Sunday Morning! Robert Bresson’s “Pickpocket”

Rufus F.

Rufus is an American curmudgeon in Canada. He has a PhD in History, sings in a garage rock band, and does many things. He is the author of the forthcoming book "The Paris Bureau" from Dio Press (early 2021).

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4 Responses

  1. Jaybird says:

    This sounds like a lovely surprise ending. I admit, the twist ending that I immediately thought of as soon as I heard the word “twist” was The Usual Suspects.

    A movie that everybody was singing the praises of and, when I saw it the first time, I thought “WOW I CAN’T BELIEVE IT” and then I sang the praises of it and said “you guys gotta watch it” and sat down and watched it again *AND IT SUCKED*. “Oh, I’m being lied to for two hours. Huh.”

    I suppose Sixth Sense gives another version of a twist sucking. You watch it once with one set of expectations. You watch it a second time to make sure that it follows “the rules”… and that’s it. After that it’s not really an interesting movie. But, at least, it was a movie that didn’t *LIE* to you. It just told you a story and let you fool yourself. It just wasn’t a story that bears being retold multiple times.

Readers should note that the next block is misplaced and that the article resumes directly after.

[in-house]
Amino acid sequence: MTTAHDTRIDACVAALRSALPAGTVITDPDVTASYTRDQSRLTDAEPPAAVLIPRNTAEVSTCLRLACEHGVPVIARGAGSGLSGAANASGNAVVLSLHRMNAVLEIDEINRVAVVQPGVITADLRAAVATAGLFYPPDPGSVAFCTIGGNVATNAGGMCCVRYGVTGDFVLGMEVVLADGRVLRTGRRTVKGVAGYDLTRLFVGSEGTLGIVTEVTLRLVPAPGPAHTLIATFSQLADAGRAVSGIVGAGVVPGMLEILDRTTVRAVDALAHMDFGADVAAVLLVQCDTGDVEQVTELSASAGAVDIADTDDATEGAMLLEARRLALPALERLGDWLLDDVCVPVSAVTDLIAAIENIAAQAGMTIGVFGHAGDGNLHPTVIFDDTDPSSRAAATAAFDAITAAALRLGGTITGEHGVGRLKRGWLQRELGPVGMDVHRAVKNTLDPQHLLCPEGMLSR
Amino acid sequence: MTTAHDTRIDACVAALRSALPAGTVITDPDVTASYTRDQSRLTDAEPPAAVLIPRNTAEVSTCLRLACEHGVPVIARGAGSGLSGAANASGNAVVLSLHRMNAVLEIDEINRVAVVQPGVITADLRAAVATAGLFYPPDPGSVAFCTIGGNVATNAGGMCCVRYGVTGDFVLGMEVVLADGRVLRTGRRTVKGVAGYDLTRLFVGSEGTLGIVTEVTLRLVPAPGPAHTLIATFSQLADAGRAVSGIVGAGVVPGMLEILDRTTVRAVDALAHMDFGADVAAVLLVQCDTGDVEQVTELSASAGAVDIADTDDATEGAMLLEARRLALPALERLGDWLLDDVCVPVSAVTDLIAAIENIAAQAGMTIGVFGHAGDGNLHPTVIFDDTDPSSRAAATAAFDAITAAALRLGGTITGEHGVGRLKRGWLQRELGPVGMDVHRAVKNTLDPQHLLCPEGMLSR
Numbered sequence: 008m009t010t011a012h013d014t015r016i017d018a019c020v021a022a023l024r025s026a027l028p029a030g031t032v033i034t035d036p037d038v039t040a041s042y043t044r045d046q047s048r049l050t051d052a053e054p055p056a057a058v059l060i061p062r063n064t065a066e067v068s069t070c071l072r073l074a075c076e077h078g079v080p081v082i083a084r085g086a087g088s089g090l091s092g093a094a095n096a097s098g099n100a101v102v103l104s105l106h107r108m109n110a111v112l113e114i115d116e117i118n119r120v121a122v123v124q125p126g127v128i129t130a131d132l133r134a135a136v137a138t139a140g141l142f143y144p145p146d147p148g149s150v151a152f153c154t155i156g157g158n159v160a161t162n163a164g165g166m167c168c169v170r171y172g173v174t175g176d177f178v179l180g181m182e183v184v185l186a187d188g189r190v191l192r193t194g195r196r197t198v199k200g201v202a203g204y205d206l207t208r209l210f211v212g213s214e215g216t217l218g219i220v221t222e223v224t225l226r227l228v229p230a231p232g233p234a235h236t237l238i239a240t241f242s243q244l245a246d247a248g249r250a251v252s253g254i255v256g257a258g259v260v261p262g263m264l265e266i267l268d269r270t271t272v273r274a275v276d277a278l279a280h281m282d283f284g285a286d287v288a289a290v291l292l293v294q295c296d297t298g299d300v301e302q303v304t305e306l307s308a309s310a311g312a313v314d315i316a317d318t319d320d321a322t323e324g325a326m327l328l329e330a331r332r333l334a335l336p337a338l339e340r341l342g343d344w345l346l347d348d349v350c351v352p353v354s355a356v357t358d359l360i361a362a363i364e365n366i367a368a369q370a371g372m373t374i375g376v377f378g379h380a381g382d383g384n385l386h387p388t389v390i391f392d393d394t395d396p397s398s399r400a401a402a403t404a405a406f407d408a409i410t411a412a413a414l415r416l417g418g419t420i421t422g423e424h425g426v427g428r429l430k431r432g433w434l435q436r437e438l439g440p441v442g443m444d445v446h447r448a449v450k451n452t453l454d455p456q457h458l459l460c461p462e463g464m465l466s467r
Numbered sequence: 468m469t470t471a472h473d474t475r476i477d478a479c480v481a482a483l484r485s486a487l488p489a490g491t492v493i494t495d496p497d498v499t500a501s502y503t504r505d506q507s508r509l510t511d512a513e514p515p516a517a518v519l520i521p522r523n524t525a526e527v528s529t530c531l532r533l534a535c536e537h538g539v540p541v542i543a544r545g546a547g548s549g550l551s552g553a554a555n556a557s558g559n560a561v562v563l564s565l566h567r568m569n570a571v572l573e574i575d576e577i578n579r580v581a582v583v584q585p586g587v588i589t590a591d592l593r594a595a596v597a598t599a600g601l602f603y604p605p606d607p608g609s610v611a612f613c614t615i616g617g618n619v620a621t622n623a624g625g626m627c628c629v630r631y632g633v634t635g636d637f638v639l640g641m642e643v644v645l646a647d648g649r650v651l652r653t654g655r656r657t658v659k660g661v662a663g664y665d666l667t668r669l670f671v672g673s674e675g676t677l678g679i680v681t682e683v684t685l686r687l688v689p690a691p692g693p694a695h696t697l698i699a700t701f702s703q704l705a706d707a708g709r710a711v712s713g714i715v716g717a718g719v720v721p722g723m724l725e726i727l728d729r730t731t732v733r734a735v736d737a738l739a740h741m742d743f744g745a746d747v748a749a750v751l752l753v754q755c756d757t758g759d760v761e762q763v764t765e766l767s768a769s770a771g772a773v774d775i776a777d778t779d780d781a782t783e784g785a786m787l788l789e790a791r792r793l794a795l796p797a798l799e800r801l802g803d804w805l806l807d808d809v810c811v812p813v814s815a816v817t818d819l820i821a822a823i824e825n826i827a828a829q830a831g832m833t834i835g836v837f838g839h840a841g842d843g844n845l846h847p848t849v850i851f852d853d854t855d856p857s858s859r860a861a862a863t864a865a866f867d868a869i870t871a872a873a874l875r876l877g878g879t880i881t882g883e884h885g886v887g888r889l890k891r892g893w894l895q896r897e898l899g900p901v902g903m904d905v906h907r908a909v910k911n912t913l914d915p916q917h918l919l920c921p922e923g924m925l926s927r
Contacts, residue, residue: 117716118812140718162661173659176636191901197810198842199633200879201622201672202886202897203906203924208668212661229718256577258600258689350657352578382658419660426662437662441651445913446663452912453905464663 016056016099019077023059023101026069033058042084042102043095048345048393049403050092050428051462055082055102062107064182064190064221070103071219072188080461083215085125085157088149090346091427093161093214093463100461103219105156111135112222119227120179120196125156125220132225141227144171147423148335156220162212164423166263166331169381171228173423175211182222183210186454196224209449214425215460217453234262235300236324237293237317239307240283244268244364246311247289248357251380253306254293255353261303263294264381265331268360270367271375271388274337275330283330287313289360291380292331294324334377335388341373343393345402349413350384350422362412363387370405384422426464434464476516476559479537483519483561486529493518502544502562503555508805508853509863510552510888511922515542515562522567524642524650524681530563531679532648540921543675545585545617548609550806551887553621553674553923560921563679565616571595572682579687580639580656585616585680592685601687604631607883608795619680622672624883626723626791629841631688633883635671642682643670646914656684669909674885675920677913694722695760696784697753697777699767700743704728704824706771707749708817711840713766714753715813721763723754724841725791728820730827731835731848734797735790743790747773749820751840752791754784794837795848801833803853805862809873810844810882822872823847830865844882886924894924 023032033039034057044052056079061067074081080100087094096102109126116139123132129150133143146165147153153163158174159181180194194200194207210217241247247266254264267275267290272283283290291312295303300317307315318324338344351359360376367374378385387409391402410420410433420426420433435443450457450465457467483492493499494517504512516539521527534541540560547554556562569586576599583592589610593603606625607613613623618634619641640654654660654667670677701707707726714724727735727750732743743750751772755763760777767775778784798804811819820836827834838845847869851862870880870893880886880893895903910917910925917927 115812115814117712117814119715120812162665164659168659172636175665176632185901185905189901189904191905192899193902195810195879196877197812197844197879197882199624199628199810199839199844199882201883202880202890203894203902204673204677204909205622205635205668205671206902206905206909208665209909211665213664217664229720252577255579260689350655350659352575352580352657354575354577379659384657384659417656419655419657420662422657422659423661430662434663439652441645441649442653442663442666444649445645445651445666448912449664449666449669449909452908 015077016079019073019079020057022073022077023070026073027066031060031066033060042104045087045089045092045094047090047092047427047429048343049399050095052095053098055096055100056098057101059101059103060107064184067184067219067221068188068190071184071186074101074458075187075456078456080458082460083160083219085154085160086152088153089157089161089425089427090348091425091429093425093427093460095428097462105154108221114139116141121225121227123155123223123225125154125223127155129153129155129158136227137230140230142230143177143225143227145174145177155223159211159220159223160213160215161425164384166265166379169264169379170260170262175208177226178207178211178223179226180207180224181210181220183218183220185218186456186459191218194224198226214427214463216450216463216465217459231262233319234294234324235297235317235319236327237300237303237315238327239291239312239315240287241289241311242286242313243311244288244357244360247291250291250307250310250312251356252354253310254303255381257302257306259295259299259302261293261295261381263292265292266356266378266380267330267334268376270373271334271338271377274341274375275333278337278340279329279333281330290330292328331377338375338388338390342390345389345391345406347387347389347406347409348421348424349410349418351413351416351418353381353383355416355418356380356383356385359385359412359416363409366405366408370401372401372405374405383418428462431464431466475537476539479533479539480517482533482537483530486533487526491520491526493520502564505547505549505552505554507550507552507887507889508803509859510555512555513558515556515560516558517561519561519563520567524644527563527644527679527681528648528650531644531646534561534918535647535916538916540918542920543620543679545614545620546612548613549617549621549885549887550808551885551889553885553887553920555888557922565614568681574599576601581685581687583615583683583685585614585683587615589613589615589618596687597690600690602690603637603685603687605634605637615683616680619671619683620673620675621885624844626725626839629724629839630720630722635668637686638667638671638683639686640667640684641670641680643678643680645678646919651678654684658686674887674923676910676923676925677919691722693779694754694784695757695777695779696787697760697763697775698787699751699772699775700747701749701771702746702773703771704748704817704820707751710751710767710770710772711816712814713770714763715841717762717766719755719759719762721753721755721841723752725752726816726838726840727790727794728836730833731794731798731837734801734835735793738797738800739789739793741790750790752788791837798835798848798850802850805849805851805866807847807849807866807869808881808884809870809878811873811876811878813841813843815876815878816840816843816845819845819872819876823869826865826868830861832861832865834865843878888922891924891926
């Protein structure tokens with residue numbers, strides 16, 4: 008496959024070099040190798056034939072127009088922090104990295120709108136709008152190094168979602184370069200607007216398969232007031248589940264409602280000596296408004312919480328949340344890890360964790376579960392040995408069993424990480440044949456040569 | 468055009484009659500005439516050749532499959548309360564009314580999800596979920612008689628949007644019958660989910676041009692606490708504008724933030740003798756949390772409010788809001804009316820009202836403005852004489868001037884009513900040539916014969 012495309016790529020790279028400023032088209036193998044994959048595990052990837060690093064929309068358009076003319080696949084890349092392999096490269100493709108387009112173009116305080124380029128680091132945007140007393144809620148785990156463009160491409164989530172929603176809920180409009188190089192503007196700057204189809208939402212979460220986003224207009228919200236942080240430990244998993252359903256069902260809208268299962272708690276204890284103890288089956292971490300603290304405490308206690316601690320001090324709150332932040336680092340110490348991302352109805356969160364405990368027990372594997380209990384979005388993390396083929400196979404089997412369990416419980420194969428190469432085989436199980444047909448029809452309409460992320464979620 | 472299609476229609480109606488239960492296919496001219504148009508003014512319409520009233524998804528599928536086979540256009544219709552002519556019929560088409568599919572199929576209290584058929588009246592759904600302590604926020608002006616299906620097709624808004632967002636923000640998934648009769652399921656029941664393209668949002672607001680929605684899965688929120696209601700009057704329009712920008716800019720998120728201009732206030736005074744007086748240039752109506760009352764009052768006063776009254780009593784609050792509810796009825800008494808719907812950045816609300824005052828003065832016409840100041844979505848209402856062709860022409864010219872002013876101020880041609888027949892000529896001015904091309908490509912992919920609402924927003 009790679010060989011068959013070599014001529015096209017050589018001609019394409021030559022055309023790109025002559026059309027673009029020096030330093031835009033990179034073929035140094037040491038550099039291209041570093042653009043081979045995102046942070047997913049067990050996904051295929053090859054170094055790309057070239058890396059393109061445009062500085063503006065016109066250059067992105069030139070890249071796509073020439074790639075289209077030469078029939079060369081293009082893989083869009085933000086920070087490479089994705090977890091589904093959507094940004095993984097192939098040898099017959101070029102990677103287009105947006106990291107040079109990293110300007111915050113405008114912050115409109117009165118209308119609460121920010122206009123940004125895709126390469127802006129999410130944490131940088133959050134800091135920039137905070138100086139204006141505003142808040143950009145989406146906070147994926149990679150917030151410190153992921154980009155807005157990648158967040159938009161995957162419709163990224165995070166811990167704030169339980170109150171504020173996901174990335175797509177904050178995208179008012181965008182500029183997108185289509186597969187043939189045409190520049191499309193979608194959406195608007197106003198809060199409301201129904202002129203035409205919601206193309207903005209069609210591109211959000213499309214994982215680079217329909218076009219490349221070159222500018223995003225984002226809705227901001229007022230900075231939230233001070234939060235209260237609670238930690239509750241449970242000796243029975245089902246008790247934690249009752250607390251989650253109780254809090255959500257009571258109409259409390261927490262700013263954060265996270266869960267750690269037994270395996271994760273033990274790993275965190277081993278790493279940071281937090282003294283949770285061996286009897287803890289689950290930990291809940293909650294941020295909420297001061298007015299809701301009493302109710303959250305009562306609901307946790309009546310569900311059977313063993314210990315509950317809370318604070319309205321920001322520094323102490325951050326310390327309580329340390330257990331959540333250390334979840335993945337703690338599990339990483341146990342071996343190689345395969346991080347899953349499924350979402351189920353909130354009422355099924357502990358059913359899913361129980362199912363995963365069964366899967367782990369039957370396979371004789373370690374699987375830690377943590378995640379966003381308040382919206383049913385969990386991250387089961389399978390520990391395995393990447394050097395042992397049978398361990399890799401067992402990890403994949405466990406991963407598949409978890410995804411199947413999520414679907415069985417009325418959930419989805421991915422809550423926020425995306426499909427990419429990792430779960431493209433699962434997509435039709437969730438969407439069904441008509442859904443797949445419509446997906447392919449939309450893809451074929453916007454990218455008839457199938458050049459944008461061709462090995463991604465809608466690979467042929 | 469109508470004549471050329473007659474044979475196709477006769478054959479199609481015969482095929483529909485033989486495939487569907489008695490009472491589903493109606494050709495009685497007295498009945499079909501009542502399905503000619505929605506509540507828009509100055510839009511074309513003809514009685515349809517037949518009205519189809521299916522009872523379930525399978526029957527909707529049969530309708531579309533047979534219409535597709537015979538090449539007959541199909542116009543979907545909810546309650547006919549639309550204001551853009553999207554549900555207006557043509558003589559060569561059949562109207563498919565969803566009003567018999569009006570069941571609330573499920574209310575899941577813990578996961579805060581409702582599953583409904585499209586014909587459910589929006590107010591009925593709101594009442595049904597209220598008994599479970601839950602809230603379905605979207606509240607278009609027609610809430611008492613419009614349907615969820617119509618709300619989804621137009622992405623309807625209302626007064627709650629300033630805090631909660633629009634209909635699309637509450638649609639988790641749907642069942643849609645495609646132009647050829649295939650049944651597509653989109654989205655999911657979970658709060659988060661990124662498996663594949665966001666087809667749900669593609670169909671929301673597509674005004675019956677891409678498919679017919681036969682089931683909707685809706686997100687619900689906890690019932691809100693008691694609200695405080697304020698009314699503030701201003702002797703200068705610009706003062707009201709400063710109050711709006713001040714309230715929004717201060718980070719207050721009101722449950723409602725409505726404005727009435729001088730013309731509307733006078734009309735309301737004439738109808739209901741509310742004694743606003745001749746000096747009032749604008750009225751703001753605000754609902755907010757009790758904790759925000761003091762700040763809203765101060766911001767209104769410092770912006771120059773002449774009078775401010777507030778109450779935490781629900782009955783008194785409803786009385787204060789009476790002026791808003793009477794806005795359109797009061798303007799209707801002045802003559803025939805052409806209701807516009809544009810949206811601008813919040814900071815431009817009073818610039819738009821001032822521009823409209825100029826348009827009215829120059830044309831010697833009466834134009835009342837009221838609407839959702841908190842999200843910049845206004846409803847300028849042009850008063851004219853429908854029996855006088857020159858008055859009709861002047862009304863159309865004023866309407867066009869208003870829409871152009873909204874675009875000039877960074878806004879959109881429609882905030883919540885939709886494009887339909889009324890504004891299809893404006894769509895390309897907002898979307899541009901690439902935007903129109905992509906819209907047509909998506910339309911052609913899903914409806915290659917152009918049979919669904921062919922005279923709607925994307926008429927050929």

A story about a guy who gets saved by love and the twist is that you didn’t see that coming? That sounds pretty good.Report

    • Rufus F. in reply to Jaybird says:

      I don’t know how many people think of Pickpocket as having a twist ending, but I do. It’s one where, once the ending happens, you think “Oh yeah, that’s exactly what the movie was about!” It still gets me. Even when the idea is borrowed. If you’ve ever seen American Gigolo, Paul Schrader pulls off almost *exactly the same ending* and it chokes me up!Report

      • Jaybird in reply to Rufus F. says:

        I thought “wait, the naked Richard Gere movie?” and, yep, there it is. Huh. I never saw it (being 8 when it came out) and by the time I was old enough to find it an interesting flick, well, it was a naked Richard Gere movie from 1980.


        • Rufus F. in reply to Jaybird says:

          That’s a great line: “…so I lifted the ending of Pickpocket and gave it to Julian Kaye. A grace note as unwarranted as Christ’s promise to the thief on the cross”.”

          It’s interesting when you realize just how religious Schrader and Scorsese were and are. I went and saw The Irishman last night and it made me think of a quote in an interview where Scorsese talks about his characters stumbling and trying but failing to find grace. Some of the last scenes in the movie reminded me vividly of Bresson.Report